3:06pm

Fri November 4, 2011
The Picture Show

At 75, 'Life' Revisits Its First Cover Story

Originally published on Wed May 23, 2012 11:17 am

Alfred Eisenstaedt Life

Seventy-five years ago this month, Henry Luce, who had launched Time magazine in the 1920s, created his third great magazine: Life. Over the coming years it would come to be known as the weekly with the most and the best photographs. It would show Americans what war and peace looked like. There were photographs in Life of the Spanish Civil War and of V-J Day in Times Square that are rare cases for which the term "iconic" truly makes sense. And there were dozens of others, too.

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4:59pm

Thu November 3, 2011
National Security

China, Russia Top List Of U.S. Economic Cyberspies

A poster warns U.S. companies of the threat of cyber-espionage. A new report released Thursday names China and Russia as the top culprits in the theft of U.S. intellectual property and technology.
Courtesy of the Office of the National Counterintelligence Executive

Privately, U.S. officials have long complained that China and Russia are out to steal U.S. trade secrets, intellectual property and high technology. But in public they've been reluctant to point fingers and instead have referred obliquely to "some nations" or "our rivals."

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3:07pm

Thu November 3, 2011
Books

'The Art Museum': A Case For The Printed Book?

Originally published on Mon December 5, 2011 3:01 pm

If The Art Museum were a real museum and not just a book, there would hardly be need for another. At 18 pounds and 922 pages, the expansive book is organized into thematic "galleries," and within those "rooms" dedicated to solo artists, like Picasso.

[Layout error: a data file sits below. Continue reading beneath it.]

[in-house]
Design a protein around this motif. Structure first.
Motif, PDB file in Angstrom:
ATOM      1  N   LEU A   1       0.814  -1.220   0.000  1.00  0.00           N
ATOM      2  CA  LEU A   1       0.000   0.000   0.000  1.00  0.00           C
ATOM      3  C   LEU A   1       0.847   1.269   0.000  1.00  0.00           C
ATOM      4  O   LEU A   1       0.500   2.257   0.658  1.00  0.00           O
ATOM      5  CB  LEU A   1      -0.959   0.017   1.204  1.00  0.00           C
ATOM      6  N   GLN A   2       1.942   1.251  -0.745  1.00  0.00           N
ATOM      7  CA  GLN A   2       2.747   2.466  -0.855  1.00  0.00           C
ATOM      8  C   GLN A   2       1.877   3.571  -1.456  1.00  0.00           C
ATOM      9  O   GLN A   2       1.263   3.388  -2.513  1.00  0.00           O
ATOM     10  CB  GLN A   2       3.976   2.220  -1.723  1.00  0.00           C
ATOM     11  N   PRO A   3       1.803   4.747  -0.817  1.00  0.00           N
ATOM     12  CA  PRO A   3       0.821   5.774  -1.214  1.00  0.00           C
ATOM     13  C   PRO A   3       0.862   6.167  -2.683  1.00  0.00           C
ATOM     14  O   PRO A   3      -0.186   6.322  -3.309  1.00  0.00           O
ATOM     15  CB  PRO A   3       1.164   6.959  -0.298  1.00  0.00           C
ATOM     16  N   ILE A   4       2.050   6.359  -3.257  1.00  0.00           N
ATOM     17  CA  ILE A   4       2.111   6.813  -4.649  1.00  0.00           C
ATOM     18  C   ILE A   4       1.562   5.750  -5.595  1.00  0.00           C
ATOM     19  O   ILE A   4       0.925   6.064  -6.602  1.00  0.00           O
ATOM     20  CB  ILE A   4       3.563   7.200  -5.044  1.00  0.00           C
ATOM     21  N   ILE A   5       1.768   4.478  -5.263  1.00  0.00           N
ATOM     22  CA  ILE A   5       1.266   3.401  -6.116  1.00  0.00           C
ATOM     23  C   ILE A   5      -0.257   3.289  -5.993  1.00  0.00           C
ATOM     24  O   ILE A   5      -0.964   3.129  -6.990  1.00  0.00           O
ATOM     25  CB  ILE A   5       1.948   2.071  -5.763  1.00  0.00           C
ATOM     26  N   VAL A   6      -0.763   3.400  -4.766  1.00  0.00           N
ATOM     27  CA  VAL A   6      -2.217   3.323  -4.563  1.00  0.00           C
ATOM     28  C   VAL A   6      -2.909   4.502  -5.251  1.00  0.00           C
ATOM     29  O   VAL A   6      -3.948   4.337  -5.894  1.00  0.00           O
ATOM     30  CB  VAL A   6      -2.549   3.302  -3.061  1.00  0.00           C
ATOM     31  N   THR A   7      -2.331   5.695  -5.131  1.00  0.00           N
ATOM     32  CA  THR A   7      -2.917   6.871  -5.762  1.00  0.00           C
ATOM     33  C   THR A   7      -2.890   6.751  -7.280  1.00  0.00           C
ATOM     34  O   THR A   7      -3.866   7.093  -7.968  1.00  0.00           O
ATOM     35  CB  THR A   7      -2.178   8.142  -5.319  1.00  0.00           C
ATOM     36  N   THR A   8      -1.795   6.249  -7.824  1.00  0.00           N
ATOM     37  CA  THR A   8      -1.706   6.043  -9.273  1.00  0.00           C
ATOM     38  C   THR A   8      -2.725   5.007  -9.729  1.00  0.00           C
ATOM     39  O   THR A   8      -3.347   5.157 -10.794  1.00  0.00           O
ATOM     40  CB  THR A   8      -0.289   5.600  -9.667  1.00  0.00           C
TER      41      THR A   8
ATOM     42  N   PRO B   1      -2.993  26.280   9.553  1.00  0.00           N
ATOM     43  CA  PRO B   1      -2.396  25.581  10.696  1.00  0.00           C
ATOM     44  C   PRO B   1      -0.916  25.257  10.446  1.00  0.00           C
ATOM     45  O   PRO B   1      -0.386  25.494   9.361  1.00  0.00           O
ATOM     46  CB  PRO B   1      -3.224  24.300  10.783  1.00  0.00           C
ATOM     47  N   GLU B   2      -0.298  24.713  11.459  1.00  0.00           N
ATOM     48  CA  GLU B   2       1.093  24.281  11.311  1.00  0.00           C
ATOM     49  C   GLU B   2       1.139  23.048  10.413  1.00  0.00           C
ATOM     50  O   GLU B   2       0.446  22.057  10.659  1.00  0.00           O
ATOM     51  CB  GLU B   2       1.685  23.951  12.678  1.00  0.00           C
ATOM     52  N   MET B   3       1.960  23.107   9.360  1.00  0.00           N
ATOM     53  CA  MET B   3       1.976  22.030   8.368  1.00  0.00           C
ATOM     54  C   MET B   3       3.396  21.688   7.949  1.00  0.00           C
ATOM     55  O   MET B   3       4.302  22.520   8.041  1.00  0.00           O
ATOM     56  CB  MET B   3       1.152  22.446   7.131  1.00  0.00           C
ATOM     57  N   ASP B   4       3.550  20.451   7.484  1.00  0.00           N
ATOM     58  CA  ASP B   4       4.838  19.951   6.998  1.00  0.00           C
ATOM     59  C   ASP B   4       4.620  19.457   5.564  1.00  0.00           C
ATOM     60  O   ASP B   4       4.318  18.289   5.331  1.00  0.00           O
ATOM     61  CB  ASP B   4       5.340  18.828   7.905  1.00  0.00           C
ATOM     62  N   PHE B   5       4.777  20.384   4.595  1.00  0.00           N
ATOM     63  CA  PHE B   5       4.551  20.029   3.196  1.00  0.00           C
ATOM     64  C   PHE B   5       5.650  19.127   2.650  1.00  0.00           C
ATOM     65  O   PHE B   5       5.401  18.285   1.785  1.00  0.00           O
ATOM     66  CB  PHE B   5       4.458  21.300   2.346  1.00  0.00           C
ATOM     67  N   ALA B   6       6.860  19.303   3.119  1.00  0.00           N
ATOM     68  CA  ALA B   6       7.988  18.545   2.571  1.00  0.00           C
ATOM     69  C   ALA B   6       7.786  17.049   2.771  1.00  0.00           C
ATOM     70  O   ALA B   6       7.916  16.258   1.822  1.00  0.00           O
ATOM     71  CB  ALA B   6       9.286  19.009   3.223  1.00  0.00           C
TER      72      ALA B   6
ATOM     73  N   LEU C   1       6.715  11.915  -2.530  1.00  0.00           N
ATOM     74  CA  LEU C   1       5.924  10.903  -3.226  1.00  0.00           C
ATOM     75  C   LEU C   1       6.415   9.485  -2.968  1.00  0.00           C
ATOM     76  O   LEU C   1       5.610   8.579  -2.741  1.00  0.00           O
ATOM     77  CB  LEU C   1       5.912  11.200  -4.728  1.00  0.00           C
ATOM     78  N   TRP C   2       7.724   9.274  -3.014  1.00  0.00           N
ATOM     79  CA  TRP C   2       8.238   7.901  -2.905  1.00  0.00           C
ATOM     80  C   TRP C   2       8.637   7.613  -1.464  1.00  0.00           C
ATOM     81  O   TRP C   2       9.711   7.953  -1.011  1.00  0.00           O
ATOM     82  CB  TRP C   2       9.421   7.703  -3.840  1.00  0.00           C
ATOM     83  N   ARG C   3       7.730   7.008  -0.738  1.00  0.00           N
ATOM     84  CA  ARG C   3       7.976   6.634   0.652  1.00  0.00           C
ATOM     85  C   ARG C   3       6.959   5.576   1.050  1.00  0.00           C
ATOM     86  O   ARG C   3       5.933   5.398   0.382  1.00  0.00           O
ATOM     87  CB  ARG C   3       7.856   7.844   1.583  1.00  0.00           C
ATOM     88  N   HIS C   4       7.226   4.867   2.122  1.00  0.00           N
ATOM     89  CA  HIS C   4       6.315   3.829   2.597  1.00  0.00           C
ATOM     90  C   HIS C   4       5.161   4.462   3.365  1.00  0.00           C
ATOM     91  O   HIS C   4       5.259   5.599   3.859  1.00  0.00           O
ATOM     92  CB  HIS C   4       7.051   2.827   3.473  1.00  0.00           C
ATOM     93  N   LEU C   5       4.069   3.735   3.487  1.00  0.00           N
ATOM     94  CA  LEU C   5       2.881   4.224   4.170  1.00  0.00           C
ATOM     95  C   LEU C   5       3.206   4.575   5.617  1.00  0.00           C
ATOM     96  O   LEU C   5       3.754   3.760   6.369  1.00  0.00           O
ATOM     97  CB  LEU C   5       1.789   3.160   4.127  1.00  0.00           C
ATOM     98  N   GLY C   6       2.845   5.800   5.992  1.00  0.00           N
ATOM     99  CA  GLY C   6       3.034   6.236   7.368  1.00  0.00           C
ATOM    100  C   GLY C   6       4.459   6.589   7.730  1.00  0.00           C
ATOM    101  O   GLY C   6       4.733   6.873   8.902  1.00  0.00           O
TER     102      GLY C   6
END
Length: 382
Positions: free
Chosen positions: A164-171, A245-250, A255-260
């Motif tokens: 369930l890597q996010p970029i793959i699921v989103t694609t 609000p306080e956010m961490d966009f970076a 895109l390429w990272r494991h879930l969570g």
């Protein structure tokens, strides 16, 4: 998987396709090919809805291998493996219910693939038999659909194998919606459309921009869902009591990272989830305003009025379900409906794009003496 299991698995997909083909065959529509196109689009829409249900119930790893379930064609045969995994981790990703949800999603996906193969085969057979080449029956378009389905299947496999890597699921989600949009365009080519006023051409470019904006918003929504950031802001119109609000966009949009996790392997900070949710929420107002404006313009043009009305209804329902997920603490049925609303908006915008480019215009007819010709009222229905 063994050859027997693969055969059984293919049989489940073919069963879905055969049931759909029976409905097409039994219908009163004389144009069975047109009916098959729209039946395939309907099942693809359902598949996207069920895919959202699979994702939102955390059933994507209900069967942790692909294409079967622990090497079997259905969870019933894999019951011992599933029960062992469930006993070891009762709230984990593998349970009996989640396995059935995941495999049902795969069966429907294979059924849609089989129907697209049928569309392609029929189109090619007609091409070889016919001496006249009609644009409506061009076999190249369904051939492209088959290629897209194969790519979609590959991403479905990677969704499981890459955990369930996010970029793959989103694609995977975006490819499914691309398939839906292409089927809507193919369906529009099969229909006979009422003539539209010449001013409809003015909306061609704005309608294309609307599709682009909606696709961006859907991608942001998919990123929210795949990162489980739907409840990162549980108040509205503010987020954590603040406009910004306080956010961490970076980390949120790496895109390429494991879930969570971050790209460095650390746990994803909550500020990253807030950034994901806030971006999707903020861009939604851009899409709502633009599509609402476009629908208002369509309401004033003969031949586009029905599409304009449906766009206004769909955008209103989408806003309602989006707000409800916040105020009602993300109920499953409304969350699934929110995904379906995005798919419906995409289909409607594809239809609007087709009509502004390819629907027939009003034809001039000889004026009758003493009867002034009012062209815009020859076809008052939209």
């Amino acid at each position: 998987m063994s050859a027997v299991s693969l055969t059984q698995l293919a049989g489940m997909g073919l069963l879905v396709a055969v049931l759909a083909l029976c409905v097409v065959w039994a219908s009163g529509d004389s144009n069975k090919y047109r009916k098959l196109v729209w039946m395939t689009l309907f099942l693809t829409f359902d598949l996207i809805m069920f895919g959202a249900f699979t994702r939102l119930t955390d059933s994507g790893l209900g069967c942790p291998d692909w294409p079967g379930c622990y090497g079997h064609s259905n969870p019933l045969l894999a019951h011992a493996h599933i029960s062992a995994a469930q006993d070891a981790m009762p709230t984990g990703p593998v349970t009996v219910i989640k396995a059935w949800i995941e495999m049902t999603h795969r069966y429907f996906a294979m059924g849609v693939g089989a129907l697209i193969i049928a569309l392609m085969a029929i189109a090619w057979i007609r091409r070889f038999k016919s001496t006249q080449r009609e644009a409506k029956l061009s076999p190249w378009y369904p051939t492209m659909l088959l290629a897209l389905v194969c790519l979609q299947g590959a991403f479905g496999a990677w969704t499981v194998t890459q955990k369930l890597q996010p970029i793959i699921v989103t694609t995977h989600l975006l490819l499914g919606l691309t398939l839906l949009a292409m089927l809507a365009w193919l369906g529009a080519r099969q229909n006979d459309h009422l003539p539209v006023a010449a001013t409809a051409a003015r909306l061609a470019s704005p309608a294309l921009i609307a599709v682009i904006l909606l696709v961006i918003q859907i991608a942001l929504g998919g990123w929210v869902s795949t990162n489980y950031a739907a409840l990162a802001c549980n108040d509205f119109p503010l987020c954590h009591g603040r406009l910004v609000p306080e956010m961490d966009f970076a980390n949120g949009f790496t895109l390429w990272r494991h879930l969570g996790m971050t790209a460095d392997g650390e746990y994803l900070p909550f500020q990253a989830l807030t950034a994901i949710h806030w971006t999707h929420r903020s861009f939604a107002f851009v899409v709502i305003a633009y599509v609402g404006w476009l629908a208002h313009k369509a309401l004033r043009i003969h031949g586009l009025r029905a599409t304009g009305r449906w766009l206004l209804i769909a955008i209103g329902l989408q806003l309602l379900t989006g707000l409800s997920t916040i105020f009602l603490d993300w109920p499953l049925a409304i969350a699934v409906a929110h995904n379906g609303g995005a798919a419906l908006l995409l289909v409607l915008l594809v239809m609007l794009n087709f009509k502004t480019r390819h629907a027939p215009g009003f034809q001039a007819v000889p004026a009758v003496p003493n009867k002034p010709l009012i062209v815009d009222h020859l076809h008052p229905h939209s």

Phaidon

Publisher Phaidon's latest art endeavor, The Art Museum, presents the collection of an imaginary museum with the greatest works from art collections around the globe. That museum would have to be imaginary — the book itself weighs in at 18 pounds, measures 16 1/2 by 12 5/8 inches and runs nearly 1,000 pages.

The Art Museum is divided into 25 galleries, as opposed to chapters, and each gallery is divided into several rooms, which all told include reproductions of more than 2,700 works.

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3:00pm

Thu November 3, 2011
Around the Nation

Poor Increasingly Cluster In Impoverished Areas

The U.S. poverty rate was 15 percent last year — the highest in almost two decades. New numbers out Thursday from the Brookings Institution show that the nation's poor are increasingly concentrated in extremely poor neighborhoods. This creates additional problems for those trying to work their way out of poverty.

3:00pm

Thu November 3, 2011
NPR Story

Is Buying Groupon Stock A Good Deal?

Groupon, the daily deals website, is getting ready for its initial public offering Friday. But is stock in the company itself a good deal? Guy Raz talks with Wailin Wong, a business reporter from the Chicago Tribune, about the Groupon IPO.

3:00pm

Thu November 3, 2011
NPR Story

Filene's Basement To Close Its Doors

Filene's Basement, the storied discount store, has filed for bankruptcy and plans to close down all its locations by the new year. Its parent company, Syms Corp., has also filed for Chapter 11.

3:00pm

Thu November 3, 2011
World

Greek Drama Dominates Talks At G-20 Summit

Originally published on Thu November 3, 2011 7:37 pm

President Obama speaks with (from left) French President Nicolas Sarkozy, German Chancellor Angela Merkel and British Prime Minister David Cameron at the G-20 summit in Cannes, France, on Thursday. The talks were dominated by Greece's financial woes.
Charles Dharapak AP

Greece's decision to scrap a referendum on new austerity measures added a note of urgency to the G-20 summit meeting that began in Cannes, France, on Thursday. President Obama and other G-20 leaders are trying to prevent the Greek debt crisis from spreading to the rest of Europe and beyond.

Before the G-20 summit formally got under way, Obama met privately with the leaders of France and Germany — Europe's two biggest economies. They're also the architects of a continental debt rescue plan.

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3:00pm

Thu November 3, 2011
Europe

Why Put The Bailout To A Referendum In Greece?

Robert Siegel speaks to Mark Mazower, a professor of history at Columbia University and an expert on contemporary Greece, about the tensions between democracy and the need for decisive action in dealing with the euro crisis. Mazower says that the speed of financial markets, and the slowness of the democratic process, has increased this tension during the crisis.